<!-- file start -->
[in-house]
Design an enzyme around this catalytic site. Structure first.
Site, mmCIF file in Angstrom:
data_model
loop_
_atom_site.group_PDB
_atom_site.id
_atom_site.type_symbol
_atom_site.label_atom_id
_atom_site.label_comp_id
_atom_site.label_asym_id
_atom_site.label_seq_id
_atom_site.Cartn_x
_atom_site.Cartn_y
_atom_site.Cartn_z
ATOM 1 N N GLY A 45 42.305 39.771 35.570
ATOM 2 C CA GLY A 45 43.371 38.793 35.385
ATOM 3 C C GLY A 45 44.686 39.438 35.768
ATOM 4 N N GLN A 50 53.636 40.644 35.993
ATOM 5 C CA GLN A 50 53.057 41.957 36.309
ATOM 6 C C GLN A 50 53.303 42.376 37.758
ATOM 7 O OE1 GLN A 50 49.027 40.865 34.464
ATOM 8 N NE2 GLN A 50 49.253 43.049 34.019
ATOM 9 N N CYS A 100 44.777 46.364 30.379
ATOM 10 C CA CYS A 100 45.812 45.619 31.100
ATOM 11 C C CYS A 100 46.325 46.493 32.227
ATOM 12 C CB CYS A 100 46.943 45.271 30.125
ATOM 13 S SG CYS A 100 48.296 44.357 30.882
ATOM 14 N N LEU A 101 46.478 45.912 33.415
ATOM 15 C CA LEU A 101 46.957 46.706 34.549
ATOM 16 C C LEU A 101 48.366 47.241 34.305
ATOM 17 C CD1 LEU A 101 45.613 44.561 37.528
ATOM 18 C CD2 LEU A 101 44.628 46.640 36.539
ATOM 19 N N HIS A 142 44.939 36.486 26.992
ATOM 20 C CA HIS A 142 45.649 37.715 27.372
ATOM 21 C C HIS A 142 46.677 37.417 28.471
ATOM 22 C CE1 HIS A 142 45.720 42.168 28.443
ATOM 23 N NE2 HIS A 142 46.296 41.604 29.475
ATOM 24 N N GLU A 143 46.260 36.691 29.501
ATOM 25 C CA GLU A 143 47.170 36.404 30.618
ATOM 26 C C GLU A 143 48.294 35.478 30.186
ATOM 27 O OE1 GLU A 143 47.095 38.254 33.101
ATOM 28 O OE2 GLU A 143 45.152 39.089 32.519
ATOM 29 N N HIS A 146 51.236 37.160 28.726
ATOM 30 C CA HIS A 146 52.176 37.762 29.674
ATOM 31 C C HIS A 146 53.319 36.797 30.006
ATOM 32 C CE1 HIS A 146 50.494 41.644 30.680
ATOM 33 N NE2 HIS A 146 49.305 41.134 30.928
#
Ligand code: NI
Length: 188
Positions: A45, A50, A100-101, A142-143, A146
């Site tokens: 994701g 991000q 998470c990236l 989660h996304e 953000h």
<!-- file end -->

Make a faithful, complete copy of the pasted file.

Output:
[in-house]
Design an enzyme around this catalytic site. Structure first.
Site, mmCIF file in Angstrom:
data_model
loop_
_atom_site.group_PDB
_atom_site.id
_atom_site.type_symbol
_atom_site.label_atom_id
_atom_site.label_comp_id
_atom_site.label_asym_id
_atom_site.label_seq_id
_atom_site.Cartn_x
_atom_site.Cartn_y
_atom_site.Cartn_z
ATOM 1 N N GLY A 45 42.305 39.771 35.570
ATOM 2 C CA GLY A 45 43.371 38.793 35.385
ATOM 3 C C GLY A 45 44.686 39.438 35.768
ATOM 4 N N GLN A 50 53.636 40.644 35.993
ATOM 5 C CA GLN A 50 53.057 41.957 36.309
ATOM 6 C C GLN A 50 53.303 42.376 37.758
ATOM 7 O OE1 GLN A 50 49.027 40.865 34.464
ATOM 8 N NE2 GLN A 50 49.253 43.049 34.019
ATOM 9 N N CYS A 100 44.777 46.364 30.379
ATOM 10 C CA CYS A 100 45.812 45.619 31.100
ATOM 11 C C CYS A 100 46.325 46.493 32.227
ATOM 12 C CB CYS A 100 46.943 45.271 30.125
ATOM 13 S SG CYS A 100 48.296 44.357 30.882
ATOM 14 N N LEU A 101 46.478 45.912 33.415
ATOM 15 C CA LEU A 101 46.957 46.706 34.549
ATOM 16 C C LEU A 101 48.366 47.241 34.305
ATOM 17 C CD1 LEU A 101 45.613 44.561 37.528
ATOM 18 C CD2 LEU A 101 44.628 46.640 36.539
ATOM 19 N N HIS A 142 44.939 36.486 26.992
ATOM 20 C CA HIS A 142 45.649 37.715 27.372
ATOM 21 C C HIS A 142 46.677 37.417 28.471
ATOM 22 C CE1 HIS A 142 45.720 42.168 28.443
ATOM 23 N NE2 HIS A 142 46.296 41.604 29.475
ATOM 24 N N GLU A 143 46.260 36.691 29.501
ATOM 25 C CA GLU A 143 47.170 36.404 30.618
ATOM 26 C C GLU A 143 48.294 35.478 30.186
ATOM 27 O OE1 GLU A 143 47.095 38.254 33.101
ATOM 28 O OE2 GLU A 143 45.152 39.089 32.519
ATOM 29 N N HIS A 146 51.236 37.160 28.726
ATOM 30 C CA HIS A 146 52.176 37.762 29.674
ATOM 31 C C HIS A 146 53.319 36.797 30.006
ATOM 32 C CE1 HIS A 146 50.494 41.644 30.680
ATOM 33 N NE2 HIS A 146 49.305 41.134 30.928
#
Ligand code: NI
Length: 188
Positions: A45, A50, A100-101, A142-143, A146
């Site tokens: 994701g 991000q 998470c990236l 989660h996304e 953000h």